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Analysis of Dual-Frequency Interferometry Applicability for Target Elevation Angle Measurement Using Two-Coordinate Radars
Radio Physics and Radio Astronomy, Vol. 28, #2, pp.143-157 (2023) (in Russian)

V.G. Galushko, O.M. Vlasenko and E.V. Bulakh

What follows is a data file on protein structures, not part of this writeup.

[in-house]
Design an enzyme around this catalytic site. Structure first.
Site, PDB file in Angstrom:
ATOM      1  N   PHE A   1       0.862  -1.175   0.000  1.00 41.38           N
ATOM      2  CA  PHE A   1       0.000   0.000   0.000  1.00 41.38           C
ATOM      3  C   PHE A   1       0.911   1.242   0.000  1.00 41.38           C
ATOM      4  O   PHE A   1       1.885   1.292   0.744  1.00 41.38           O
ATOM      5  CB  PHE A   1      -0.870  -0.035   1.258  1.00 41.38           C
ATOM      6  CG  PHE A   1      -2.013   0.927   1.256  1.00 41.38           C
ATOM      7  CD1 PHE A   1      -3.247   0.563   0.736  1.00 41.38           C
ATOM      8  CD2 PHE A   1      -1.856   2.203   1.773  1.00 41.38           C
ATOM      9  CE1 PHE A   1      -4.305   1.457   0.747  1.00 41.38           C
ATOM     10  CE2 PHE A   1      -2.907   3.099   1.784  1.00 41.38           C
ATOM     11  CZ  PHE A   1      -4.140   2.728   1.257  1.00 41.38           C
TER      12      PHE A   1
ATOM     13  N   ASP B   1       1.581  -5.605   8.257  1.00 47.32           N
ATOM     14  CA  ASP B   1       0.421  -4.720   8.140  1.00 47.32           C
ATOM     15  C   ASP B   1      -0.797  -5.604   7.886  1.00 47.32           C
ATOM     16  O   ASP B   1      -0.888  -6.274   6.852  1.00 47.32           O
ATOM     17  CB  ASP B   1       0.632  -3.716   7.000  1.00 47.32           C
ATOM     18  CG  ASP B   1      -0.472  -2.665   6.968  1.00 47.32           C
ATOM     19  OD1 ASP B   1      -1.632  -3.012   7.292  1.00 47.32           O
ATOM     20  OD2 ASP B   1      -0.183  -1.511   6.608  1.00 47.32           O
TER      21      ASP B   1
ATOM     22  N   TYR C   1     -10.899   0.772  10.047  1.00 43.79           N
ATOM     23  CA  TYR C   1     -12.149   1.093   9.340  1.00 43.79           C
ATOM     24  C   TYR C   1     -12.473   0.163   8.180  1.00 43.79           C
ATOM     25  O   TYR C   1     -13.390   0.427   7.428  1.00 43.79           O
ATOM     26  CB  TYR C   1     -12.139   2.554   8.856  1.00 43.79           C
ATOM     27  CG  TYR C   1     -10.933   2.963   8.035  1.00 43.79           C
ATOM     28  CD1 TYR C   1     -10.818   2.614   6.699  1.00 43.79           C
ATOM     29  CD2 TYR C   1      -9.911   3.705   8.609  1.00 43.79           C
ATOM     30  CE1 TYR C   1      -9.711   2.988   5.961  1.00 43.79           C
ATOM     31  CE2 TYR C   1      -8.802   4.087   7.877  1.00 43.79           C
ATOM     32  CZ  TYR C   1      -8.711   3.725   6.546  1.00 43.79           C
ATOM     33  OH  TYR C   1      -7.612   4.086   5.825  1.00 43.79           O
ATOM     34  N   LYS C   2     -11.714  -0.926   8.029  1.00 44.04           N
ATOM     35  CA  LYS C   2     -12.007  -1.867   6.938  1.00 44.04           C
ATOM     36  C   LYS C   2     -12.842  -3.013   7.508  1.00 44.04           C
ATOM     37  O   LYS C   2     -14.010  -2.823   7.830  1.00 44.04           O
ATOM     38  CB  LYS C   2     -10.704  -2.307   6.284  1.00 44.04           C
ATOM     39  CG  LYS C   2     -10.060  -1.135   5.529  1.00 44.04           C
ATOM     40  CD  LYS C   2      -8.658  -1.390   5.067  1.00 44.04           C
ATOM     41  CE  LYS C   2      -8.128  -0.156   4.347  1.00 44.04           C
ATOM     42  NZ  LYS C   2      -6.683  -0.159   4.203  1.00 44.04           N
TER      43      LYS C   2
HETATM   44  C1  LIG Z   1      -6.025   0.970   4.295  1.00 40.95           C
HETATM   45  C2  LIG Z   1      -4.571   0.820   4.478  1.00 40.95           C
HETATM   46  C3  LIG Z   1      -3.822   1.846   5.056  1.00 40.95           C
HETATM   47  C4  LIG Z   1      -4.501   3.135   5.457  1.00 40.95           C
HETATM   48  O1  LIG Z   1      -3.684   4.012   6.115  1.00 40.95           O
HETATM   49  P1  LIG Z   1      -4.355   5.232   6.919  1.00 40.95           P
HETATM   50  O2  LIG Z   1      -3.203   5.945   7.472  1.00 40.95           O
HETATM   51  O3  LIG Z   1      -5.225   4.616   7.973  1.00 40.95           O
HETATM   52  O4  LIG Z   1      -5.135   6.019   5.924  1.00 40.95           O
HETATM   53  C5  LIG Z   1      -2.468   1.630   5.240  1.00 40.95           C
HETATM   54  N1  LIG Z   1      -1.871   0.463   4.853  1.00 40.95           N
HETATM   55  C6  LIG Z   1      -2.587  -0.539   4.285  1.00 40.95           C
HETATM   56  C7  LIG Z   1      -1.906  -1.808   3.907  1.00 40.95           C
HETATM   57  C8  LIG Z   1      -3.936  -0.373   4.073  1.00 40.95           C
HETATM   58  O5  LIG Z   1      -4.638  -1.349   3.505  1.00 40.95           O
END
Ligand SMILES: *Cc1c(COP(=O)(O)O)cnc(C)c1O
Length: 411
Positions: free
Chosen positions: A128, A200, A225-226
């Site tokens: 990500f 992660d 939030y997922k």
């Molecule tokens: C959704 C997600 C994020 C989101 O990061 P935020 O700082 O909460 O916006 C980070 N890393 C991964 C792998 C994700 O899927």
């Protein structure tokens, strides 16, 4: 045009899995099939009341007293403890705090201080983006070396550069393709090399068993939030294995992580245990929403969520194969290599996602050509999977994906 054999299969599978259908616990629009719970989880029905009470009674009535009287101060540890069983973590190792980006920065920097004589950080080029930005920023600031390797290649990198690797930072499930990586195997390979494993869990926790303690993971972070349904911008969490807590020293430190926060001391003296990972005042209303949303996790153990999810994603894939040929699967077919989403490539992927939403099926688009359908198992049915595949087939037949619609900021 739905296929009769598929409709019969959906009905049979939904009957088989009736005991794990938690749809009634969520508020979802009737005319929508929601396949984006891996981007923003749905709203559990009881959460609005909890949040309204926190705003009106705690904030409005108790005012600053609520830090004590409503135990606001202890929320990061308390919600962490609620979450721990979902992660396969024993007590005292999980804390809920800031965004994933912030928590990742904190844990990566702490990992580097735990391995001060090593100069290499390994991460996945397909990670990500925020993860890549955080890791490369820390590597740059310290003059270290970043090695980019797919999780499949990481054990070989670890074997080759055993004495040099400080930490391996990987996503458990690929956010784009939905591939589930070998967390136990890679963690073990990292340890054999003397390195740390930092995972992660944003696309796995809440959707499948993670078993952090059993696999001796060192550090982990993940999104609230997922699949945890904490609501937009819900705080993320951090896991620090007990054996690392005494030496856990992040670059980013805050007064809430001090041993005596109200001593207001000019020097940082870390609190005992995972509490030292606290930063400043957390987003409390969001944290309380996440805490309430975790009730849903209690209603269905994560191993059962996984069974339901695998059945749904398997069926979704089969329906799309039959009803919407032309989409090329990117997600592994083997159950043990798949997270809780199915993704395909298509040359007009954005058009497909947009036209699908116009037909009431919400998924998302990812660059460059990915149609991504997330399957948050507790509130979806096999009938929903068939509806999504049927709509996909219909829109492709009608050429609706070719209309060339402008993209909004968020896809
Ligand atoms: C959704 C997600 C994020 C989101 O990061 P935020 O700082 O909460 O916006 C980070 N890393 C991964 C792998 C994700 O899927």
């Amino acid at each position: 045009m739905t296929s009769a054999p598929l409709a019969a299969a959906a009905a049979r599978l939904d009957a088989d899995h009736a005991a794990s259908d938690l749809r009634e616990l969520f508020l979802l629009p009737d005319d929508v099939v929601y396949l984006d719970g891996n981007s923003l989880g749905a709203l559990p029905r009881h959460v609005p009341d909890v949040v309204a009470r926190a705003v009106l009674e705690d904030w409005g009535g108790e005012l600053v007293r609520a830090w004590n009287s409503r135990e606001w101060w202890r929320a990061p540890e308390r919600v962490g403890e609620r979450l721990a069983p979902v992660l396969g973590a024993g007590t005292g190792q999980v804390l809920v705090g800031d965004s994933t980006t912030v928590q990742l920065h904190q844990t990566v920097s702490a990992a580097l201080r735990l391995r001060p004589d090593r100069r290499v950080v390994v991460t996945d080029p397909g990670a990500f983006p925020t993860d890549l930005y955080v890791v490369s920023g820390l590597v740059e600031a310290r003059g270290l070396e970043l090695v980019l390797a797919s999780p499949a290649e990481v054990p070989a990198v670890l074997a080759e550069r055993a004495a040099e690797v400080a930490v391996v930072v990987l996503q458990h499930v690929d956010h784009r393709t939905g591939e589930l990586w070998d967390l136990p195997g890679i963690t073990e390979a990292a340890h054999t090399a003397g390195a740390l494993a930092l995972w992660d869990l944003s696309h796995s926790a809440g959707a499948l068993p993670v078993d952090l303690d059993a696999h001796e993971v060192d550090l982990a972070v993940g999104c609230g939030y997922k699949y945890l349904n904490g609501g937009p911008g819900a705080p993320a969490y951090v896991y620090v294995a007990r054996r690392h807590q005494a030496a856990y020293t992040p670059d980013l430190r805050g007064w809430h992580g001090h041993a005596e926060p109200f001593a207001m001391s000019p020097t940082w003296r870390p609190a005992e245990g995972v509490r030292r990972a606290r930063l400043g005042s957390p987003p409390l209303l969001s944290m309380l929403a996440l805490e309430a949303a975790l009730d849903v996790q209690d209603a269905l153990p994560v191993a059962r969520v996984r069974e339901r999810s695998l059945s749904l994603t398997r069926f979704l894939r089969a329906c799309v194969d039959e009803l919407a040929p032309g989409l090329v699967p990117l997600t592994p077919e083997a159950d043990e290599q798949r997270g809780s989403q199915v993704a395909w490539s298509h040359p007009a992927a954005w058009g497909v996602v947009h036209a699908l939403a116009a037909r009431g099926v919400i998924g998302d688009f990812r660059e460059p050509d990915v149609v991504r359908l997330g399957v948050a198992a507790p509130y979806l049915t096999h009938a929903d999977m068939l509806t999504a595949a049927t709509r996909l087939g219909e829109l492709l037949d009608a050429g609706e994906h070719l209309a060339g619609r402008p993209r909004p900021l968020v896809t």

Subject and Purpose. The study deals with the dual-frequency radio interferometry technique, which is based on the employment of two fairly close frequencies with the aim to remove ambiguity of the radar target elevation estimation using 2D-radar and eliminate 2 pm-uncertainty of the signal phase difference measurement. Analysis of random noise action on the accuracy of the elevation angle estimation by the dual-frequency radio interferometry and assessment of practical applicability of the method make up the purpose of the paper. Methods and Methodology. The noise action on the elevation angle measurement accuracy is examined through a series of analytical calculations with the use of statistical analysis methods. The noise in each receiving channel is modeled in terms of additive, statistically independent stationary Gaussian processes with zero mean values and equal variances. The calculation results are checked via computer simulations with statistics estimations for 10 6 random noise realizations. Results. A correct condition has been developed for the sector width where the target elevation angle is unambiguously estimated depending on the space separation of the antennas (baselines) and the frequency ratio. Expressions for elevation angle estimation errors have been obtained, showing that the error is mainly contributed by the faults in the determination of the ambiguity interval number. A probability of the correct determination of the ambiguity interval number has been derived depending on the signal-to-noise ratio and the frequency difference, indicating that almost one hundred percent probability of the correct determination of the ambiguity interval number is only achieved when the signal-to-noise ratio exceeds 30 dB. A comparative analysis has been performed between the methods of dual-frequency interferometry and conventional phase-difference direction finding in the case of close X-band frequencies and the same sectors of survey. Conclusions. The dual-frequency radio interferometry technique with close frequencies has been shown to outperform the standard phase-diff erence direction-fi nding method only when the signal-to-noise ratio is suffi ciently high (over 30 dB). In principle, the accuracy of the technique seems possible to improve by taking signifi cantly diff erent frequencies selected with regard to the scale negotiation condition. However, it should be mentioned that the implementation of the relevant algorithm in practice is much more complicated than the conventional scheme with a single frequency and several antenna baselines.